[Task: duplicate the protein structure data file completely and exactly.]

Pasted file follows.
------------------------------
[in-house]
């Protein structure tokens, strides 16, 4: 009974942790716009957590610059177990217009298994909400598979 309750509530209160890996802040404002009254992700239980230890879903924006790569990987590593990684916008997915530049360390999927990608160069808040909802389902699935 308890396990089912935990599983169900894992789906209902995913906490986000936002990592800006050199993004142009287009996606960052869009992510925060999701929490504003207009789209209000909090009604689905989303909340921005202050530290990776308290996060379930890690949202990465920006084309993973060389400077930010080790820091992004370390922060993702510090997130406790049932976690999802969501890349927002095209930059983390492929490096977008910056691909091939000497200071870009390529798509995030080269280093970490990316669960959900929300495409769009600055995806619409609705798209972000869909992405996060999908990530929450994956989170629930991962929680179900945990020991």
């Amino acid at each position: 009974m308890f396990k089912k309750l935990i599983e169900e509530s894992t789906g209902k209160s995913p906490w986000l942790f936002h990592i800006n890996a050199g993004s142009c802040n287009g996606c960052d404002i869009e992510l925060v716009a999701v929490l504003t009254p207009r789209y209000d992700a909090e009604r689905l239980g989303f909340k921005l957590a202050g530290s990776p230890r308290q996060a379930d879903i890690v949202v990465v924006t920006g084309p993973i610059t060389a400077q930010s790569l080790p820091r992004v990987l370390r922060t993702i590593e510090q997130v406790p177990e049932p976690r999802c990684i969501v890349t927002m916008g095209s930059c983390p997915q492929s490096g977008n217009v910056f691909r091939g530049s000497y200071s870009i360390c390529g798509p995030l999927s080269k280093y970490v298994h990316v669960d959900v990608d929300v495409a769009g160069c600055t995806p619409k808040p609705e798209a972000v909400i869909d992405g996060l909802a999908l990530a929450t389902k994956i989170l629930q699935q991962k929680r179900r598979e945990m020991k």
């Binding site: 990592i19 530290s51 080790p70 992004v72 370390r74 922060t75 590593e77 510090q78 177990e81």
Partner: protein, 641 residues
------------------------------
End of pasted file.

[in-house]
């Protein structure tokens, strides 16, 4: 009974942790716009957590610059177990217009298994909400598979 309750509530209160890996802040404002009254992700239980230890879903924006790569990987590593990684916008997915530049360390999927990608160069808040909802389902699935 308890396990089912935990599983169900894992789906209902995913906490986000936002990592800006050199993004142009287009996606960052869009992510925060999701929490504003207009789209209000909090009604689905989303909340921005202050530290990776308290996060379930890690949202990465920006084309993973060389400077930010080790820091992004370390922060993702510090997130406790049932976690999802969501890349927002095209930059983390492929490096977008910056691909091939000497200071870009390529798509995030080269280093970490990316669960959900929300495409769009600055995806619409609705798209972000869909992405996060999908990530929450994956989170629930991962929680179900945990020991």
């Amino acid at each position: 009974m308890f396990k089912k309750l935990i599983e169900e509530s894992t789906g209902k209160s995913p906490w986000l942790f936002h990592i800006n890996a050199g993004s142009c802040n287009g996606c960052d404002i869009e992510l925060v716009a999701v929490l504003t009254p207009r789209y209000d992700a909090e009604r689905l239980g989303f909340k921005l957590a202050g530290s990776p230890r308290q996060a379930d879903i890690v949202v990465v924006t920006g084309p993973i610059t060389a400077q930010s790569l080790p820091r992004v990987l370390r922060t993702i590593e510090q997130v406790p177990e049932p976690r999802c990684i969501v890349t927002m916008g095209s930059c983390p997915q492929s490096g977008n217009v910056f691909r091939g530049s000497y200071s870009i360390c390529g798509p995030l999927s080269k280093y970490v298994h990316v669960d959900v990608d929300v495409a769009g160069c600055t995806p619409k808040p609705e798209a972000v909400i869909d992405g996060l909802a999908l990530a929450t389902k994956i989170l629930q699935q991962k929680r179900r598979e945990m020991k």
């Binding site: 990592i19 530290s51 080790p70 992004v72 370390r74 922060t75 590593e77 510090q78 177990e81």
Partner: protein, 641 residues